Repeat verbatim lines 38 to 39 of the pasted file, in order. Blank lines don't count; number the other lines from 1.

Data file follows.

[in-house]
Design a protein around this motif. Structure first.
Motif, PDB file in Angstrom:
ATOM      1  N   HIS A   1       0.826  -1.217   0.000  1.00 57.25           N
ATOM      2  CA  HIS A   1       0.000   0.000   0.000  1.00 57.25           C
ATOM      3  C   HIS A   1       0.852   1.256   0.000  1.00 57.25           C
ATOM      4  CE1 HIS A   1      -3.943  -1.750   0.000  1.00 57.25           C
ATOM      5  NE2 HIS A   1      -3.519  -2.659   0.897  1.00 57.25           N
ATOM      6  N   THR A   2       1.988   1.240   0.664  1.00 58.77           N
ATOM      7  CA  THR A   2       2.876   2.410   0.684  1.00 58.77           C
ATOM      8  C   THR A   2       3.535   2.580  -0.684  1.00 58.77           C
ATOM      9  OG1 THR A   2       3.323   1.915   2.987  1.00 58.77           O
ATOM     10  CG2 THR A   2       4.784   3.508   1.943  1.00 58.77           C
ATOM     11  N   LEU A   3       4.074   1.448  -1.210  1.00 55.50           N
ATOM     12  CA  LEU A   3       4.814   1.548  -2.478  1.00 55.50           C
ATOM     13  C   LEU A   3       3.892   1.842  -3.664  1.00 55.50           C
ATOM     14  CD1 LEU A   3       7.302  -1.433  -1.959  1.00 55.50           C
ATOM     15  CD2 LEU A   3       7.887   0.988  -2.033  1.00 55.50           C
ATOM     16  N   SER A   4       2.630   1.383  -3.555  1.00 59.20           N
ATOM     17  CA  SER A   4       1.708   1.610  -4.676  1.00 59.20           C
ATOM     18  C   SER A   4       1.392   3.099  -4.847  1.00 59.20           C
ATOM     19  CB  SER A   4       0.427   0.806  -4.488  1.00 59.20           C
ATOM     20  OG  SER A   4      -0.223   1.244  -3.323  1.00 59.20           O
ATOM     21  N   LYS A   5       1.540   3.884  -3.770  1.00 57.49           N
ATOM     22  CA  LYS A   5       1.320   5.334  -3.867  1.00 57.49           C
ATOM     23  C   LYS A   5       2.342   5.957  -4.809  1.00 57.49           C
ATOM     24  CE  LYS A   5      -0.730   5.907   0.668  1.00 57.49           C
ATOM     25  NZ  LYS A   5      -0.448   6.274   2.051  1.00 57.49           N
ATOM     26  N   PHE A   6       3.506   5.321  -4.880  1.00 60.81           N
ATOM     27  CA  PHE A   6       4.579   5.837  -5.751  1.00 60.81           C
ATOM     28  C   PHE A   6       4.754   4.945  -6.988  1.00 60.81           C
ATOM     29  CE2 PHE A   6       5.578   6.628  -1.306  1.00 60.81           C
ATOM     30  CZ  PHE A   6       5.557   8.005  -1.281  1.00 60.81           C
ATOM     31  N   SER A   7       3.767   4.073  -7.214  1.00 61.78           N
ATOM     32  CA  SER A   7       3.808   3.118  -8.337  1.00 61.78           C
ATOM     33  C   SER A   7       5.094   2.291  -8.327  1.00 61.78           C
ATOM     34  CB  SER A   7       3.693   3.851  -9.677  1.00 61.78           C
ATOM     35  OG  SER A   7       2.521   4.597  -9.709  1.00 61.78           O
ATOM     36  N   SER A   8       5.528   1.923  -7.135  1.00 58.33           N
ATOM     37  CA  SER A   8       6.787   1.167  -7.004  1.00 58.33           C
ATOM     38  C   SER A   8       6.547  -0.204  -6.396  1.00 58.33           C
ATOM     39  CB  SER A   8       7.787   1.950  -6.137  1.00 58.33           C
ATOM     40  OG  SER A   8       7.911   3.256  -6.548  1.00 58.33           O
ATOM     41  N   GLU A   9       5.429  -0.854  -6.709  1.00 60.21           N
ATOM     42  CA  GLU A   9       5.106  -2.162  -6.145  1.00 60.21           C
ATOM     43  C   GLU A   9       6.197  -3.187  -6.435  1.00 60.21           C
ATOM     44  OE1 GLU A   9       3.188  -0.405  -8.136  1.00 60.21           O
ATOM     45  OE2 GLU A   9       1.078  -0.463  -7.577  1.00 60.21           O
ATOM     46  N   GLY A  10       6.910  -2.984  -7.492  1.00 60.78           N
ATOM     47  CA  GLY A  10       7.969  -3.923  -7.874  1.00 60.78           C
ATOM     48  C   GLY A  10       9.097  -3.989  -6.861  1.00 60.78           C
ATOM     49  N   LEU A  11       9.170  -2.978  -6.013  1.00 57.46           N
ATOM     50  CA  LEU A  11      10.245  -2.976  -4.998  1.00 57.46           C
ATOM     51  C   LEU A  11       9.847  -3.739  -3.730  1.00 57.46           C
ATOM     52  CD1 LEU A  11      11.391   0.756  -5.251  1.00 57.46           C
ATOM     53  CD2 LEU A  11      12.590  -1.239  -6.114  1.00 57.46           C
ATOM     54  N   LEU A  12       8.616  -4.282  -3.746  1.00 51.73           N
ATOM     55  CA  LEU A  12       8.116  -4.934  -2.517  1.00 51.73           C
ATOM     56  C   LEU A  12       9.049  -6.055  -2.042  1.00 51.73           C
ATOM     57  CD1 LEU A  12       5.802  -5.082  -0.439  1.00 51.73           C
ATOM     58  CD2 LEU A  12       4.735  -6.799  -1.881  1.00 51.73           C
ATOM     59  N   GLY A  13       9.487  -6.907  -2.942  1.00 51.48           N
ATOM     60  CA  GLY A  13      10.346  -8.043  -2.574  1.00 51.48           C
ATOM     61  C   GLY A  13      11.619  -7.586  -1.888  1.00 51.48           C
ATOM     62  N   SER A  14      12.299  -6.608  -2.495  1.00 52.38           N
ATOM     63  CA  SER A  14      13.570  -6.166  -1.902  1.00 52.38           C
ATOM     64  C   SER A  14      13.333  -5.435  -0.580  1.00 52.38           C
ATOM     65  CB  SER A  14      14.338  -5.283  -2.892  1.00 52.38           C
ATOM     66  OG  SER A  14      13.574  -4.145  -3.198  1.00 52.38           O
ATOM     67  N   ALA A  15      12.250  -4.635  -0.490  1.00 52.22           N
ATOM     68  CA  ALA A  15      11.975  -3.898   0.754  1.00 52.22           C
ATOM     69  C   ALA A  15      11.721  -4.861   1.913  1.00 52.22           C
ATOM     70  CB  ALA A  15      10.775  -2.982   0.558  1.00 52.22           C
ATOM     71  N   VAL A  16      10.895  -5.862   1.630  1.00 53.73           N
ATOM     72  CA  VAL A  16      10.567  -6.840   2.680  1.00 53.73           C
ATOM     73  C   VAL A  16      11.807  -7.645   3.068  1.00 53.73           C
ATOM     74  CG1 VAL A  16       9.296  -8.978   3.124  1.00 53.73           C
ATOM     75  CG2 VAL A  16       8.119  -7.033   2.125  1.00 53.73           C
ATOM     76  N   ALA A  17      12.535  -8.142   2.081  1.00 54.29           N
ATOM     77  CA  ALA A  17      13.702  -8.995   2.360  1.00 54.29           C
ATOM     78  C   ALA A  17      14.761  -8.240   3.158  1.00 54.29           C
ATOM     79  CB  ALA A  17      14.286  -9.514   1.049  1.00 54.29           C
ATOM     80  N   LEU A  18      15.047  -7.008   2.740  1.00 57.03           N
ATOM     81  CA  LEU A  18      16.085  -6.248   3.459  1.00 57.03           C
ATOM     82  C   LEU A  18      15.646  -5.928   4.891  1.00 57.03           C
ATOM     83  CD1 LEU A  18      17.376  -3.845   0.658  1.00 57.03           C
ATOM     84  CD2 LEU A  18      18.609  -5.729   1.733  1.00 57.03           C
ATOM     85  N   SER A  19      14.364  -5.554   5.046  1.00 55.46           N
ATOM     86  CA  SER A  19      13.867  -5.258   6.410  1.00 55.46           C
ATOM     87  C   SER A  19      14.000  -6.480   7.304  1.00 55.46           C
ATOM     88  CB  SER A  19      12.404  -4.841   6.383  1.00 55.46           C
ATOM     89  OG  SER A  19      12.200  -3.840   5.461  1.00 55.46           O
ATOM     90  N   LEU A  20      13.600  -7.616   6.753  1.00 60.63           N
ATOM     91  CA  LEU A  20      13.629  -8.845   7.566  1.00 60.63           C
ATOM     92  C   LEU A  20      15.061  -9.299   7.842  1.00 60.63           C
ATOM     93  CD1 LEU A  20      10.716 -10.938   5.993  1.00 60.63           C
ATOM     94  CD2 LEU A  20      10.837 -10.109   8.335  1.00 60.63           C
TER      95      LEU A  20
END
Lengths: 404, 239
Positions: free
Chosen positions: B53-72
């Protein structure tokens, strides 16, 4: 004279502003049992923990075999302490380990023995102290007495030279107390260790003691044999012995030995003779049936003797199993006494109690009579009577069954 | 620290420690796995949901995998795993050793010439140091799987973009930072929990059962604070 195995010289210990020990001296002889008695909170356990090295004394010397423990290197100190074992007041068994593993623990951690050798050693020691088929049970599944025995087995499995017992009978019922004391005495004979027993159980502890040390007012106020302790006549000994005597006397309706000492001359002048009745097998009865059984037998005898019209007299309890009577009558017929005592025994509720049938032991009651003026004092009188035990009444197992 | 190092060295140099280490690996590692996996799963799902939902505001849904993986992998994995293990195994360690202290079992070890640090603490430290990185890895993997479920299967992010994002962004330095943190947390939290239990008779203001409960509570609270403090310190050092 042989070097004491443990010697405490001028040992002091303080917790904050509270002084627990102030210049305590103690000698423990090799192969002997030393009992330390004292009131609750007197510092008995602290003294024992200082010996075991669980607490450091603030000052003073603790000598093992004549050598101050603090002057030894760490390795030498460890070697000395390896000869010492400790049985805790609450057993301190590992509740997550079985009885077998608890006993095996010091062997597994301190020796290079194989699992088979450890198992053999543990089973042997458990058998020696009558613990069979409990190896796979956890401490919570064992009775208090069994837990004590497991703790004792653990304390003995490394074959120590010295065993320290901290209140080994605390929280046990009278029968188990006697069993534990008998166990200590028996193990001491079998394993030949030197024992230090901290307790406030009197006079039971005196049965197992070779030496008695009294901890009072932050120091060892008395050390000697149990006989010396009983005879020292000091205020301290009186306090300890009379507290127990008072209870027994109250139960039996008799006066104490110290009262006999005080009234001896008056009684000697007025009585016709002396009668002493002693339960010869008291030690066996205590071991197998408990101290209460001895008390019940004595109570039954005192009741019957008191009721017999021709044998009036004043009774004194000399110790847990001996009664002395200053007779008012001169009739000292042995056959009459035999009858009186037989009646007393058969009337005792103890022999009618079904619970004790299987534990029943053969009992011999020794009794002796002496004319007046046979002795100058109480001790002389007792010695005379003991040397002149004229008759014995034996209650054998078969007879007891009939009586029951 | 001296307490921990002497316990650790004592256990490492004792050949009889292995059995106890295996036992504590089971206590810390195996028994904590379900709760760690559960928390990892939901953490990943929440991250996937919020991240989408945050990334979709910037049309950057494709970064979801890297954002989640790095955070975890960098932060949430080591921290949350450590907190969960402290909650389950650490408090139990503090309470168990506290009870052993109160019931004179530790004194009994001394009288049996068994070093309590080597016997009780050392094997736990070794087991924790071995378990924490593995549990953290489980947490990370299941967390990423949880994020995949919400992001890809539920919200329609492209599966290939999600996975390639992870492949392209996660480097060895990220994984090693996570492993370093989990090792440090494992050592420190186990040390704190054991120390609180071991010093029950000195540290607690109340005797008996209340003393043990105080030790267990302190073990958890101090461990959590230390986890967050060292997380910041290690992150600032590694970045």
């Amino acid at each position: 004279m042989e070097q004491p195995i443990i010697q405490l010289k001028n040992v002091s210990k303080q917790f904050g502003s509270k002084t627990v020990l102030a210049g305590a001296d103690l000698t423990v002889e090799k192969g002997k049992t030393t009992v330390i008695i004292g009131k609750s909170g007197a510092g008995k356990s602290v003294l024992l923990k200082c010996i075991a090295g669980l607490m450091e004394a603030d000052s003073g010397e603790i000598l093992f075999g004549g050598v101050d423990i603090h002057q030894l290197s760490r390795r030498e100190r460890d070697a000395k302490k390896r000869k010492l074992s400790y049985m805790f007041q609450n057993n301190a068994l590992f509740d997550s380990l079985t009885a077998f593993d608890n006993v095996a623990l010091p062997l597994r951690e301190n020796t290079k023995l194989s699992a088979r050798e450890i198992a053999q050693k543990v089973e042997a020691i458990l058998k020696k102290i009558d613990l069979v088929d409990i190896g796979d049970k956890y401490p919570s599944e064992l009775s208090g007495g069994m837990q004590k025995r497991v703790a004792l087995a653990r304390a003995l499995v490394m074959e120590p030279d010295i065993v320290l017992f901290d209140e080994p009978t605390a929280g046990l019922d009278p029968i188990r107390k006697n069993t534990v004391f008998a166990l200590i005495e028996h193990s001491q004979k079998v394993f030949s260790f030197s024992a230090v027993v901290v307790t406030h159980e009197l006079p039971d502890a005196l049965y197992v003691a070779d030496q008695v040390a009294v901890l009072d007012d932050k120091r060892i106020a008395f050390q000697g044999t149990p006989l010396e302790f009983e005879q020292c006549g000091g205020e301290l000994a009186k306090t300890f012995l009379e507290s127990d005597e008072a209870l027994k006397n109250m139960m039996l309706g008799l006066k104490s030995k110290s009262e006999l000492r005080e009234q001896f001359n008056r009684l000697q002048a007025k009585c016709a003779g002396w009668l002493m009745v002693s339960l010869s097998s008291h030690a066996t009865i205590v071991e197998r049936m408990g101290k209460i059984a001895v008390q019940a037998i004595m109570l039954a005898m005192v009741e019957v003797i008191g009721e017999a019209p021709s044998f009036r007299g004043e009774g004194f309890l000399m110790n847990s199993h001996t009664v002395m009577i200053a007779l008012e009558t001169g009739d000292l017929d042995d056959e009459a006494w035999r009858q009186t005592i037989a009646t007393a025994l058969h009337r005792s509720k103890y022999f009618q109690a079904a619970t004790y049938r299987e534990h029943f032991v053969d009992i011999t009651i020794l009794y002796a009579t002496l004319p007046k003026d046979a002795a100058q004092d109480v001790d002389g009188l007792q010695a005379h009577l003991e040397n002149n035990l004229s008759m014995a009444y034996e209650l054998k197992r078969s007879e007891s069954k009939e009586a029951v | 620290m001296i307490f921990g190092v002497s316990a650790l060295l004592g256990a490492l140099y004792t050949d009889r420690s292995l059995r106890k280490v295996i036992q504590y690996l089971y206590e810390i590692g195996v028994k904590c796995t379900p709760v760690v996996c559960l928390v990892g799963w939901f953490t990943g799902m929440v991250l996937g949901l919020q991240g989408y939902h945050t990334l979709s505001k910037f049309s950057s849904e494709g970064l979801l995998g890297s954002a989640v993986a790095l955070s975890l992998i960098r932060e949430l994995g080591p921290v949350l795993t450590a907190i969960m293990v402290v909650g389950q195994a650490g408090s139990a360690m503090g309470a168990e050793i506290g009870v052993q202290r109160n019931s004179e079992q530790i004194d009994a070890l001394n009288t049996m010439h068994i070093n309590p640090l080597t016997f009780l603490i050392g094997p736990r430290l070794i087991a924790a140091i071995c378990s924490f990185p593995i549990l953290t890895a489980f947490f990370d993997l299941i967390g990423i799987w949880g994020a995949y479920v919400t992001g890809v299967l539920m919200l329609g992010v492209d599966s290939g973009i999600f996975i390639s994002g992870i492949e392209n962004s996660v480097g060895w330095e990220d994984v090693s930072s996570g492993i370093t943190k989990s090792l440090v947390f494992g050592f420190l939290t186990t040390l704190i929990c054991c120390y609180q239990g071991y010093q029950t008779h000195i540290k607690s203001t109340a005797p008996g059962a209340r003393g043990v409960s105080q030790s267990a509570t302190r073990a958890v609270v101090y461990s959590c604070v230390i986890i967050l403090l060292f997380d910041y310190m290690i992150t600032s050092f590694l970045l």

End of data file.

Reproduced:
ATOM     35  OG  SER A   7       2.521   4.597  -9.709  1.00 61.78           O
ATOM     36  N   SER A   8       5.528   1.923  -7.135  1.00 58.33           N